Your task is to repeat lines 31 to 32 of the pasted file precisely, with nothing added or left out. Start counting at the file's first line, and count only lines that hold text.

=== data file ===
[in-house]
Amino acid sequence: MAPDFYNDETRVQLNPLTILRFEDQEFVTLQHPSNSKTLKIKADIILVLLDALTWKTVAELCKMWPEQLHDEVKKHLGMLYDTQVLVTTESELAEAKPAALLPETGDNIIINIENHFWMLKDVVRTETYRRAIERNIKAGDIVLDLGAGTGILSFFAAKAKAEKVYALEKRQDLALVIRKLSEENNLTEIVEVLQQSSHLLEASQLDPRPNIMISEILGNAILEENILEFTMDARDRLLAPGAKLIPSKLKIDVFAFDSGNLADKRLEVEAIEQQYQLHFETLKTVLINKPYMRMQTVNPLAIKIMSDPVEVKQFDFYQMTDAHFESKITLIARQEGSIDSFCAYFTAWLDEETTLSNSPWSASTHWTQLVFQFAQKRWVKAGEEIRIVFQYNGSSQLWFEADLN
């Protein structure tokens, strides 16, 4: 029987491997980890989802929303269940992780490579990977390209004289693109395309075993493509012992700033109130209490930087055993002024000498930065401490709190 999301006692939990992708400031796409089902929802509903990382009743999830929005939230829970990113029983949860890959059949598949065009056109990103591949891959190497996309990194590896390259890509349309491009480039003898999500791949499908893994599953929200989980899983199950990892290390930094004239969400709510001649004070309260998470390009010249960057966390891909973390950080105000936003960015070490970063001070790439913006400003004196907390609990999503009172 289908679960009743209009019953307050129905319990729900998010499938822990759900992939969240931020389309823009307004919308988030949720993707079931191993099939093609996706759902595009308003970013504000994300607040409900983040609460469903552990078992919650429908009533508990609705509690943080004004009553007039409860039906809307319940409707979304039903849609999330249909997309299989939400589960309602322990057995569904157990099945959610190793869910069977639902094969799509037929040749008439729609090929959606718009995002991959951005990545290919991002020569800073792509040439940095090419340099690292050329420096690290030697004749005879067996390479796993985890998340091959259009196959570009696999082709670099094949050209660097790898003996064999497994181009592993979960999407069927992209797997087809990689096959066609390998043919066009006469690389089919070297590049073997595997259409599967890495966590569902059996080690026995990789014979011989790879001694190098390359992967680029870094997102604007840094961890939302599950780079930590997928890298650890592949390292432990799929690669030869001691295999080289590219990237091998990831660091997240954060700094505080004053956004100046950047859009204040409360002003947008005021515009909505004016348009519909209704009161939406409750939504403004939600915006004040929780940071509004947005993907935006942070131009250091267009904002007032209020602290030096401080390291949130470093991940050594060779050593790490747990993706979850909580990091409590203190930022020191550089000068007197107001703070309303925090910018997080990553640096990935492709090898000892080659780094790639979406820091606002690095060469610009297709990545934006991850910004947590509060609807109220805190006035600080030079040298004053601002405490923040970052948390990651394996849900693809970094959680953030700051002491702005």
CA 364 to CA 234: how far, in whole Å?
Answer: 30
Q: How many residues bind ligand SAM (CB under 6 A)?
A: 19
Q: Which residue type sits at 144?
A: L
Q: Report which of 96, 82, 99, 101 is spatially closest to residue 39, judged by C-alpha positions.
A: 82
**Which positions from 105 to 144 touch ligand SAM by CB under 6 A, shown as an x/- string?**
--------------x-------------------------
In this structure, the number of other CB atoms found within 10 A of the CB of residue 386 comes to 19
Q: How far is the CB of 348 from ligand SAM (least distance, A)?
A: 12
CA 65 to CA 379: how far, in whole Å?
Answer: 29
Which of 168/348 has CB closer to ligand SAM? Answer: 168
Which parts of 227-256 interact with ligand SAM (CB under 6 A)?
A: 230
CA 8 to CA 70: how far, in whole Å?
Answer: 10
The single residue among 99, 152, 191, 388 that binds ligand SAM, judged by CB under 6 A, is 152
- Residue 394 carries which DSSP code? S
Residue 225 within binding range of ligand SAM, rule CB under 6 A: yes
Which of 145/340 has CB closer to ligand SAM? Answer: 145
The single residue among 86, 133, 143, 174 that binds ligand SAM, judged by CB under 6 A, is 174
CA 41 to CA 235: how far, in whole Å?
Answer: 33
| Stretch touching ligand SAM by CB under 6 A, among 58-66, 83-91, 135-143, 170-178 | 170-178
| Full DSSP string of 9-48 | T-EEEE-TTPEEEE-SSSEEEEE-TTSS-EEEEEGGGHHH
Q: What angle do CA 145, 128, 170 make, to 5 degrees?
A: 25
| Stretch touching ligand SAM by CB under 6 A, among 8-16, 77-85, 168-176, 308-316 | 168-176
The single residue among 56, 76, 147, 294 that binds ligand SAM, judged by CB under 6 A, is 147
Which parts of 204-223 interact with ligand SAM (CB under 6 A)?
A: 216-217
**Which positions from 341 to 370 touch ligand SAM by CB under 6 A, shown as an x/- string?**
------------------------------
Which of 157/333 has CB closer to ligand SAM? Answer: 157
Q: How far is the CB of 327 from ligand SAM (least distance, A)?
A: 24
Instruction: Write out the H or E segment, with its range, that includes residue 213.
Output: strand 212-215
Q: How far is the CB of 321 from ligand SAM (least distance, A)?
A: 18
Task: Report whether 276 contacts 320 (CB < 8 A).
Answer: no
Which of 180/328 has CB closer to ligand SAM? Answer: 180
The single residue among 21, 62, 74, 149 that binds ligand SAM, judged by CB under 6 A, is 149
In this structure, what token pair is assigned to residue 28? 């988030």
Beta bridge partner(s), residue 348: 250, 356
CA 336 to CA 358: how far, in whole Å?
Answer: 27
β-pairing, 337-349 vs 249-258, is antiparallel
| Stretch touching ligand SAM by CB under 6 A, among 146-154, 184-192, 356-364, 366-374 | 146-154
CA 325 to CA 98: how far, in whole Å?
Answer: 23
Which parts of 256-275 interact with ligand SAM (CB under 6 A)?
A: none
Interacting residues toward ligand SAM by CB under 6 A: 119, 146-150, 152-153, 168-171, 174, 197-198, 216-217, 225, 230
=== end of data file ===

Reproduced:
| Stretch touching ligand SAM by CB under 6 A, among 58-66, 83-91, 135-143, 170-178 | 170-178
| Full DSSP string of 9-48 | T-EEEE-TTPEEEE-SSSEEEEE-TTSS-EEEEEGGGHHH